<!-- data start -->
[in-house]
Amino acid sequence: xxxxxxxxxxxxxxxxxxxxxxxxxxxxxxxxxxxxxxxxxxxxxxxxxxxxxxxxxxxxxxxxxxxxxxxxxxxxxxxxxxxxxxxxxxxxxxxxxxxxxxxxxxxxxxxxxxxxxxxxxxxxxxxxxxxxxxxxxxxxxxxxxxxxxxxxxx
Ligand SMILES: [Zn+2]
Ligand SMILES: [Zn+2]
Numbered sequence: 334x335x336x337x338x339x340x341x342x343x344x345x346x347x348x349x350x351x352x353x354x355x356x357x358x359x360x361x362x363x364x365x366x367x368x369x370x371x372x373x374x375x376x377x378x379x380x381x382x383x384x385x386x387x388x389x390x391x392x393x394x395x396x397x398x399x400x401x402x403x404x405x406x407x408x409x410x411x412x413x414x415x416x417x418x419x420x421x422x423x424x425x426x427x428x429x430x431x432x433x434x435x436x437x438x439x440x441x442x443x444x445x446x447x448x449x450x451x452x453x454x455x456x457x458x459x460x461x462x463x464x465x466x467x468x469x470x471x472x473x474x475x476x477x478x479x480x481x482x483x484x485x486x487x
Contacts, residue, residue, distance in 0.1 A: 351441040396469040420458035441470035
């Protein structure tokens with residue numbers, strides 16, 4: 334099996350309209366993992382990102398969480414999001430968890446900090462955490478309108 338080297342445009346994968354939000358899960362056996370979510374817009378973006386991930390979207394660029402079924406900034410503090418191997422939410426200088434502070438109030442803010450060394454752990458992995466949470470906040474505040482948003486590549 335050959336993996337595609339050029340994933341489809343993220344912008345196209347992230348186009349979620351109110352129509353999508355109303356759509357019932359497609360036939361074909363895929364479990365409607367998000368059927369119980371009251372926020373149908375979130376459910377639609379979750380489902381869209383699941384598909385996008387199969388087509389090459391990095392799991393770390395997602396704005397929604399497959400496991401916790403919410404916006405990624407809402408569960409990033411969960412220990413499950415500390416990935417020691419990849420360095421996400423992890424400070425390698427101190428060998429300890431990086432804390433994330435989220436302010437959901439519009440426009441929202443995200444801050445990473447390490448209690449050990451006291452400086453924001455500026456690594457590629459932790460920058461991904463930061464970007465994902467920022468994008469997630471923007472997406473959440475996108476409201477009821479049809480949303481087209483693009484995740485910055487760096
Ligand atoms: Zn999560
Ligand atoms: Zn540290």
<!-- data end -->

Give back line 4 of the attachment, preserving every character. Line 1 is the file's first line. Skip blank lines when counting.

Ligand SMILES: [Zn+2]